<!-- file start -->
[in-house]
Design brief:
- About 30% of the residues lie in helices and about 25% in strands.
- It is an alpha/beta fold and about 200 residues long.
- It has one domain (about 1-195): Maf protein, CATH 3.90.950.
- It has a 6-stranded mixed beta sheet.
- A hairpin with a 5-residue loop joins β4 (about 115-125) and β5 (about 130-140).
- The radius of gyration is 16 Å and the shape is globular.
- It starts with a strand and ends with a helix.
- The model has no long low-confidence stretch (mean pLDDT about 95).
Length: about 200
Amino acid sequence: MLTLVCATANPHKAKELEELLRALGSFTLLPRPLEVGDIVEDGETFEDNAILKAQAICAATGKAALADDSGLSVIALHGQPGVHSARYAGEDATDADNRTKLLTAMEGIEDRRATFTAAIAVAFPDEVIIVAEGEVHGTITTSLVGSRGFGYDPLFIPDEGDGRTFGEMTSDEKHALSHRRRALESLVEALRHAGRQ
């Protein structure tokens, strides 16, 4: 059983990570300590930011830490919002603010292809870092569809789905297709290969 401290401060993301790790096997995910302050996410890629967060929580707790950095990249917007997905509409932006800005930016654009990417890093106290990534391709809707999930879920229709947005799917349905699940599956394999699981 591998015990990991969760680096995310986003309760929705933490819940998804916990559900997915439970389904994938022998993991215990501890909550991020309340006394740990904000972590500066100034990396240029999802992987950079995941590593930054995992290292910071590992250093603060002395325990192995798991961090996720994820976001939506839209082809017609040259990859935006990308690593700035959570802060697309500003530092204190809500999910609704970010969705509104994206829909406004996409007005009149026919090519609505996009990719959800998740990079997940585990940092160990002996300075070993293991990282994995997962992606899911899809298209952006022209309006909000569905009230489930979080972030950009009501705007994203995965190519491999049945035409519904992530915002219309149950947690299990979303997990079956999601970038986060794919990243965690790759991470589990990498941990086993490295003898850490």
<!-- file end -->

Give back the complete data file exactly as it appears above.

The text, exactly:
[in-house]
Design brief:
- About 30% of the residues lie in helices and about 25% in strands.
- It is an alpha/beta fold and about 200 residues long.
- It has one domain (about 1-195): Maf protein, CATH 3.90.950.
- It has a 6-stranded mixed beta sheet.
- A hairpin with a 5-residue loop joins β4 (about 115-125) and β5 (about 130-140).
- The radius of gyration is 16 Å and the shape is globular.
- It starts with a strand and ends with a helix.
- The model has no long low-confidence stretch (mean pLDDT about 95).
Length: about 200
Amino acid sequence: MLTLVCATANPHKAKELEELLRALGSFTLLPRPLEVGDIVEDGETFEDNAILKAQAICAATGKAALADDSGLSVIALHGQPGVHSARYAGEDATDADNRTKLLTAMEGIEDRRATFTAAIAVAFPDEVIIVAEGEVHGTITTSLVGSRGFGYDPLFIPDEGDGRTFGEMTSDEKHALSHRRRALESLVEALRHAGRQ
């Protein structure tokens, strides 16, 4: 059983990570300590930011830490919002603010292809870092569809789905297709290969 401290401060993301790790096997995910302050996410890629967060929580707790950095990249917007997905509409932006800005930016654009990417890093106290990534391709809707999930879920229709947005799917349905699940599956394999699981 591998015990990991969760680096995310986003309760929705933490819940998804916990559900997915439970389904994938022998993991215990501890909550991020309340006394740990904000972590500066100034990396240029999802992987950079995941590593930054995992290292910071590992250093603060002395325990192995798991961090996720994820976001939506839209082809017609040259990859935006990308690593700035959570802060697309500003530092204190809500999910609704970010969705509104994206829909406004996409007005009149026919090519609505996009990719959800998740990079997940585990940092160990002996300075070993293991990282994995997962992606899911899809298209952006022209309006909000569905009230489930979080972030950009009501705007994203995965190519491999049945035409519904992530915002219309149950947690299990979303997990079956999601970038986060794919990243965690790759991470589990990498941990086993490295003898850490």